The hearing on the use of surveillance technologies and their impact on freedom of expression in the context of the pandemic in the Americas enabled the submission of information concerning the lack of democratic monitoring structures and of sufficient transparency in the use and implementation of surveillance technologies by the State, which increases the risk of violations of the rights to privacy and freedom of expression. The IACHR and its Special Rapporteurship for Freedom of Expression stressed the need for States and private companies to recognize the fact that the use of surveillance technology also affects human rights, and therefore that democratic institutions need to protect the relevant rights.
At the regional hearing to address the impact of extractive industries on human rights and climate change in the Caribbean, organizations from several countries denounced the serious impact that such activities have on economic, social, cultural, and environmental rights and their disproportionate effects on women, indigenous peoples, and Afro-descendant communities. The IACHR and its Special Rapporteurship on Economic, Social, Cultural, and Environmental Rights stressed the importance of adopting a human rights perspective on climate change, and the need to take measures with an intercultural, intersectional focus. The Special Rapporteurship on Economic, Social, Cultural, and Environmental Rights stressed that this is a priority issue in its strategic agenda, particularly concerning Central America and the Caribbean.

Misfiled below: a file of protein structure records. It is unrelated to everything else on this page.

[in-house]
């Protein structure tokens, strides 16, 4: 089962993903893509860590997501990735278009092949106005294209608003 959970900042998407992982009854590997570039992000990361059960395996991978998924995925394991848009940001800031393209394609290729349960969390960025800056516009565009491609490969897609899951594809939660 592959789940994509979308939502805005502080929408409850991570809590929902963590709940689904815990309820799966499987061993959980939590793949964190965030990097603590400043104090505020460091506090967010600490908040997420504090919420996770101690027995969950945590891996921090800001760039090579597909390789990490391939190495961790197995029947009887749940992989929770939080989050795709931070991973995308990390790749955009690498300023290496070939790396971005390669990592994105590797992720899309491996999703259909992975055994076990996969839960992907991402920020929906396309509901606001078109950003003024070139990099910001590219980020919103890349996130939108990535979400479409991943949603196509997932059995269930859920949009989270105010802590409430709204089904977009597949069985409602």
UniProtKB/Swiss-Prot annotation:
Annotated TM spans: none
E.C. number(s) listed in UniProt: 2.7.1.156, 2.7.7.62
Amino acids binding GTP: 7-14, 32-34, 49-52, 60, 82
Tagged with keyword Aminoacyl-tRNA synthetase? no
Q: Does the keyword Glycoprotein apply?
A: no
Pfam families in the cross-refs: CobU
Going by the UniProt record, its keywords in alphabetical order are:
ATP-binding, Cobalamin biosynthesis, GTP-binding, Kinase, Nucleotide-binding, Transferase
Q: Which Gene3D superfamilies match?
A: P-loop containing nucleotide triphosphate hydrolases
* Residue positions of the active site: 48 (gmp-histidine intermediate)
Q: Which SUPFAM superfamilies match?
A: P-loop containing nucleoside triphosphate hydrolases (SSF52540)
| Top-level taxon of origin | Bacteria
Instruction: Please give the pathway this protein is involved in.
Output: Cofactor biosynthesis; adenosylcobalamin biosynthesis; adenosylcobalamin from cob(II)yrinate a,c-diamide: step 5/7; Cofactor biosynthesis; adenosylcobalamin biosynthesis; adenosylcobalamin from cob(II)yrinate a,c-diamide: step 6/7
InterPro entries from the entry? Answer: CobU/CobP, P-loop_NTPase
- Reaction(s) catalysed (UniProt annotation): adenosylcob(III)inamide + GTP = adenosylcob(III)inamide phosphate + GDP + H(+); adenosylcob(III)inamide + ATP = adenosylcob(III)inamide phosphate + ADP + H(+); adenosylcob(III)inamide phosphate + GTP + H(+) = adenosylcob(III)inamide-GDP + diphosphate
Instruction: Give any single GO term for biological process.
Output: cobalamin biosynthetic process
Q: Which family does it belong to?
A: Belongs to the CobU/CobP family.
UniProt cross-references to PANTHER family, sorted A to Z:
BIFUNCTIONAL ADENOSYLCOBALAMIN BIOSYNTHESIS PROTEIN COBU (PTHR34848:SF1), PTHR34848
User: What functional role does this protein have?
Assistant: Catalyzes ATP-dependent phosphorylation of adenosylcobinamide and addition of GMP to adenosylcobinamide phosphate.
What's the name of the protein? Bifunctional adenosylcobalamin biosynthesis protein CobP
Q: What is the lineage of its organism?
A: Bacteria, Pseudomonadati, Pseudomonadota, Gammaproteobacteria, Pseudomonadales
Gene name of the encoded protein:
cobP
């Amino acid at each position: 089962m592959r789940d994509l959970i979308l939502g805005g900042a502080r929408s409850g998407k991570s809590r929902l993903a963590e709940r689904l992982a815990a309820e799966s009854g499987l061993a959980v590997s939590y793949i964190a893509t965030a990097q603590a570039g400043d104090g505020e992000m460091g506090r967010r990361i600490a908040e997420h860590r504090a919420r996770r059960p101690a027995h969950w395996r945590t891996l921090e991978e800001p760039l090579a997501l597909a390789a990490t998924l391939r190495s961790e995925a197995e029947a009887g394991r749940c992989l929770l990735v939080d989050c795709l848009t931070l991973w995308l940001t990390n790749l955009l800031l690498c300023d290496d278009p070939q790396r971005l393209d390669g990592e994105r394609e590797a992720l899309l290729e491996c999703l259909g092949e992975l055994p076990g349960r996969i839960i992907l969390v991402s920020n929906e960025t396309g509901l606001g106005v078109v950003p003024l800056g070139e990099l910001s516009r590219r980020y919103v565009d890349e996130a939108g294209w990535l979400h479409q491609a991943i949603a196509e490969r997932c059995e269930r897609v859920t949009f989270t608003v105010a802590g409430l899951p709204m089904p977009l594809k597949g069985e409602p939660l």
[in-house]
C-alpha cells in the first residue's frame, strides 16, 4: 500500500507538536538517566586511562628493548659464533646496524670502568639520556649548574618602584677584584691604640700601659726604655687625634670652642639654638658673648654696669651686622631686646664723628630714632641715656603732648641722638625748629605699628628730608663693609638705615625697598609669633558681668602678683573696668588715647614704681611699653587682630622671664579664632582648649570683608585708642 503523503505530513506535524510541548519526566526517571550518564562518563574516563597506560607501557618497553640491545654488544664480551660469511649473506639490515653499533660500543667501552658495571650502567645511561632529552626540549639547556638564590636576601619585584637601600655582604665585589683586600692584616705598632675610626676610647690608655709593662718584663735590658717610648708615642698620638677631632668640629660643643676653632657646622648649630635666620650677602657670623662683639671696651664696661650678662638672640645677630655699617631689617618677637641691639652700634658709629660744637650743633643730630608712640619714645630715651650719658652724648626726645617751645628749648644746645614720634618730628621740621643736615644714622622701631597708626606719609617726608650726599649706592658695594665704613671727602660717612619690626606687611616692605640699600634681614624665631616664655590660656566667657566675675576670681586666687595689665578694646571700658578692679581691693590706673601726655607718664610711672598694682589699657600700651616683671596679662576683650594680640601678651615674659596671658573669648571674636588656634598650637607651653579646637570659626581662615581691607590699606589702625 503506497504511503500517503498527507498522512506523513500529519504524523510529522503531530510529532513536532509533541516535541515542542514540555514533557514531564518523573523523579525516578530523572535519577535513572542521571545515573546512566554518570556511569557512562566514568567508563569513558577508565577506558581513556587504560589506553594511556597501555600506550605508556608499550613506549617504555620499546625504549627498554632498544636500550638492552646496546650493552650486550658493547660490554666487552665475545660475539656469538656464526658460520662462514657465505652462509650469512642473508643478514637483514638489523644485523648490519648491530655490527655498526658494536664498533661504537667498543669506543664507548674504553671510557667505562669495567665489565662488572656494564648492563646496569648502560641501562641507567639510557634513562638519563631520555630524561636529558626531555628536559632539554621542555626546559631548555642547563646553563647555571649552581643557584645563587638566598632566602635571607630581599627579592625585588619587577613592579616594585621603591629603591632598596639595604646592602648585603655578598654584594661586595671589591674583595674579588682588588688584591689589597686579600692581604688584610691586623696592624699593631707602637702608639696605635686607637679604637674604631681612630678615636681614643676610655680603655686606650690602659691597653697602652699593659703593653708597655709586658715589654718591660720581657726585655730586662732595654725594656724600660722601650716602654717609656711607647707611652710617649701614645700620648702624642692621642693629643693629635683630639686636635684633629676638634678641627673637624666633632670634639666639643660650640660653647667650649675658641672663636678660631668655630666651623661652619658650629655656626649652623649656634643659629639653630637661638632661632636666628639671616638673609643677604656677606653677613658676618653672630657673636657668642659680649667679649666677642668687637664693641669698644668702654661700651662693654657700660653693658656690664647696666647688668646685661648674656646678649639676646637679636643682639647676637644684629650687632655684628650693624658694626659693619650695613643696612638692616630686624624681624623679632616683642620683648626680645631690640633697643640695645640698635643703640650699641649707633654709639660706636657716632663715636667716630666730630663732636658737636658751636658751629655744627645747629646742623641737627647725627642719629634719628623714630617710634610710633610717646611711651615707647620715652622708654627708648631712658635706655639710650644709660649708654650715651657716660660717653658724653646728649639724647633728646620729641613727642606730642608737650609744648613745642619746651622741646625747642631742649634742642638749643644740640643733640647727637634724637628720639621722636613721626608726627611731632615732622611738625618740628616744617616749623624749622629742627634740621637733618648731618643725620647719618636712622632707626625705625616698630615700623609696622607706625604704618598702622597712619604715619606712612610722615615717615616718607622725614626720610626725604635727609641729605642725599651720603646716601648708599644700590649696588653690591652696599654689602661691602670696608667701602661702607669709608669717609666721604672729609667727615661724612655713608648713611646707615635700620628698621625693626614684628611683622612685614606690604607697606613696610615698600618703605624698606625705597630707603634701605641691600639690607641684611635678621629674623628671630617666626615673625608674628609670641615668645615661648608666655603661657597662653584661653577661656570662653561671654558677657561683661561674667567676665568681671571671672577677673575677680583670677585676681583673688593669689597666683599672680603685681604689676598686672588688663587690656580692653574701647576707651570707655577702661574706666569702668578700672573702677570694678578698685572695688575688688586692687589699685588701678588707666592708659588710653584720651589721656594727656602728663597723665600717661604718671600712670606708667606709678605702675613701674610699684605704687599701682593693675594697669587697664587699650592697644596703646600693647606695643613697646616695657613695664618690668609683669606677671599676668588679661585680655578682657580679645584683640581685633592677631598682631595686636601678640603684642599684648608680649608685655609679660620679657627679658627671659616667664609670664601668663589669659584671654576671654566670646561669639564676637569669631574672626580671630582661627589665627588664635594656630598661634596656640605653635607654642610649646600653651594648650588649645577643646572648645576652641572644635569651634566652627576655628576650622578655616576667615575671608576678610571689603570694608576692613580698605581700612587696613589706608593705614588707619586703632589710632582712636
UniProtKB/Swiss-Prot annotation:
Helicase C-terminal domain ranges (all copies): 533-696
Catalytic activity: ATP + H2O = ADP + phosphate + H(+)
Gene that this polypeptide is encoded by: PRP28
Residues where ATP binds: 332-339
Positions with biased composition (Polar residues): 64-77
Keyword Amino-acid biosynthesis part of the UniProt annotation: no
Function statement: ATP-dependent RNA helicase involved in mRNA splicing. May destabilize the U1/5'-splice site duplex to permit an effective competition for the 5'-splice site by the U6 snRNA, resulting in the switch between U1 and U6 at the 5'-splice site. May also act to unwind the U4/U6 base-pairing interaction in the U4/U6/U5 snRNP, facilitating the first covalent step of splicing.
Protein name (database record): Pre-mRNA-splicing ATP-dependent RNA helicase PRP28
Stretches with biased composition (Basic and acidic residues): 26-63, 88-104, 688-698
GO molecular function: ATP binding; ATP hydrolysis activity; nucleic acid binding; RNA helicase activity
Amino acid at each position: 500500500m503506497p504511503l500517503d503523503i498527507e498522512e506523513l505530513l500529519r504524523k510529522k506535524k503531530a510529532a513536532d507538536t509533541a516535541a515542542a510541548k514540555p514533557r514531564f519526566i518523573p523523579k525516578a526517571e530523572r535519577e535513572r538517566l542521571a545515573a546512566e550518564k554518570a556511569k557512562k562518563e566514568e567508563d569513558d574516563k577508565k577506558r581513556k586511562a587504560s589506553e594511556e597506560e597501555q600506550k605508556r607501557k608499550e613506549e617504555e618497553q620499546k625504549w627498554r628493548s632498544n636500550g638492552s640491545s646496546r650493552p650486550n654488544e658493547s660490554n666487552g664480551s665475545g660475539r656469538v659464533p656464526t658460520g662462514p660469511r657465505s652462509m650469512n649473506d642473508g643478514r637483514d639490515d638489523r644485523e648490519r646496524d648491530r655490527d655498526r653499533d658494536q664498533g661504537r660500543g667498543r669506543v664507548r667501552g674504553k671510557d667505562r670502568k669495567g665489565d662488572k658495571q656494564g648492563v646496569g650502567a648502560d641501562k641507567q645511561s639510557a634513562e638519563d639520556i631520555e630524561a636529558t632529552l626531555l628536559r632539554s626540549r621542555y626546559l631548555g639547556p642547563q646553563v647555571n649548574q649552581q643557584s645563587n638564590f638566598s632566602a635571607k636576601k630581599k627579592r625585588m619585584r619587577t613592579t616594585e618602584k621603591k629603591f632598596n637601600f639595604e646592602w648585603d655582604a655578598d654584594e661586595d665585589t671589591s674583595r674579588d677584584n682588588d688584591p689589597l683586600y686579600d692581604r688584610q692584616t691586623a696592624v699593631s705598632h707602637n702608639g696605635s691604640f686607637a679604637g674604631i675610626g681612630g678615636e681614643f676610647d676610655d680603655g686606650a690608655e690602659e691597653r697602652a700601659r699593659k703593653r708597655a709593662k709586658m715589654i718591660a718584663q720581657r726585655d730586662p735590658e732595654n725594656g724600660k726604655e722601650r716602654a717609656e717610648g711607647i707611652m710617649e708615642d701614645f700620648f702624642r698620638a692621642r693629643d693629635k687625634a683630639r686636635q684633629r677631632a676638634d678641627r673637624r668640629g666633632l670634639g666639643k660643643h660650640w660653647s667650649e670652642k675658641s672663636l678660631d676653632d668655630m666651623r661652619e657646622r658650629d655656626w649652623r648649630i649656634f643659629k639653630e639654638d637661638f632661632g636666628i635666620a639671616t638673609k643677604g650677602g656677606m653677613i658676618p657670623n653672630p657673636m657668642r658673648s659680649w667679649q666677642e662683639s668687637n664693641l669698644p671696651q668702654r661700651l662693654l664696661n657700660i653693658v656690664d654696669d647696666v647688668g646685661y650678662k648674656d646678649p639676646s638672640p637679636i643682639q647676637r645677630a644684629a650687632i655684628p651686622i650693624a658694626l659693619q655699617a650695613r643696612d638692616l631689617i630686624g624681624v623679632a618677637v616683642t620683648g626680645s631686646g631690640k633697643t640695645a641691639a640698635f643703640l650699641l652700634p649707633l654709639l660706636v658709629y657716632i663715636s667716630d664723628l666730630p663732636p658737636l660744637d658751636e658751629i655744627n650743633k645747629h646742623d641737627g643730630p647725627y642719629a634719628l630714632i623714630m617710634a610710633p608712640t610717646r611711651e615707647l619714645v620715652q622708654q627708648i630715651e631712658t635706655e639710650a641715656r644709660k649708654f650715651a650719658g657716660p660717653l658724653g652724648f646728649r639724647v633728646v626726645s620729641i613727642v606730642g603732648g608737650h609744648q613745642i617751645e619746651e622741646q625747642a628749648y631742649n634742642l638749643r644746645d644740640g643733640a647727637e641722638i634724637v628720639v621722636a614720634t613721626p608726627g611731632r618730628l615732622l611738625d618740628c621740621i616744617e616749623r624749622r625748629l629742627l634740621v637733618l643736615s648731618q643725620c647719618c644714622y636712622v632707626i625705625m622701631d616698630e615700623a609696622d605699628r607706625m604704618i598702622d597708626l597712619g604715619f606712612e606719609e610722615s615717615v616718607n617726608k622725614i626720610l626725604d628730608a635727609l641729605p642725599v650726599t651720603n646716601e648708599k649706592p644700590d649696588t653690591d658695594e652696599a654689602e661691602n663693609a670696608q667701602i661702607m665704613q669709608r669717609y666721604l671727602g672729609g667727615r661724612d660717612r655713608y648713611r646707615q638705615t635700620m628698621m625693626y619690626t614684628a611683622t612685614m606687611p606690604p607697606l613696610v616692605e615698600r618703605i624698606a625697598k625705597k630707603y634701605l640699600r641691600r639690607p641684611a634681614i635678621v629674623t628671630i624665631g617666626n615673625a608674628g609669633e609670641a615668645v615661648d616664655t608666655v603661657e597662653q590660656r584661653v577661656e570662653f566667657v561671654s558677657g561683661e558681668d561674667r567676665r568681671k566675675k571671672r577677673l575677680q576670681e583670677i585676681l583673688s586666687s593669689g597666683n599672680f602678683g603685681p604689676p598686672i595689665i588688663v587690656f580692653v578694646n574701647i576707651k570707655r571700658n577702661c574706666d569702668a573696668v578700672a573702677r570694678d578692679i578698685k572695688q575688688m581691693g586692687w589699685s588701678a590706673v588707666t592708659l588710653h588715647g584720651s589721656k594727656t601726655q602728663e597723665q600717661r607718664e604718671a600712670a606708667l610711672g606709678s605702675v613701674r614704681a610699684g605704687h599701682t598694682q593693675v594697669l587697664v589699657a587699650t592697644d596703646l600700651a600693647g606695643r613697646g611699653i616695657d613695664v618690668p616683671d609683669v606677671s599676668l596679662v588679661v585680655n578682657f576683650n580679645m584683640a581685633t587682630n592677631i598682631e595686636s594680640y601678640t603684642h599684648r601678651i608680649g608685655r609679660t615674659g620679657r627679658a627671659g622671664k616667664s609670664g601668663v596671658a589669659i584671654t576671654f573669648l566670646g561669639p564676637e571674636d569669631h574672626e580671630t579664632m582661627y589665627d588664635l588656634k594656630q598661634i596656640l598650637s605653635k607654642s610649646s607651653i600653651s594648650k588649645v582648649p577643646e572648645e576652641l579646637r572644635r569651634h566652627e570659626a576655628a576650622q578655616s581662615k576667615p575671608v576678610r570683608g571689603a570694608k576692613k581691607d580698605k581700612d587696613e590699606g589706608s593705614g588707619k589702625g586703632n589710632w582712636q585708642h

During the ex officio hearing on protecting individuals in human mobility contexts in the United States, Mexico, and northern Central America, the IACHR reminded States of their duty to provide comprehensive protection for the human rights of mobile individuals and the need to adopt an intersectional focus given the risks that are triggered by deportations. The Commission welcomed the changes made by States in migration measures, but it expressed concern about allegations of human rights violations and about the lack of measures with perspectives focused on race, ethnic background, age, and gender.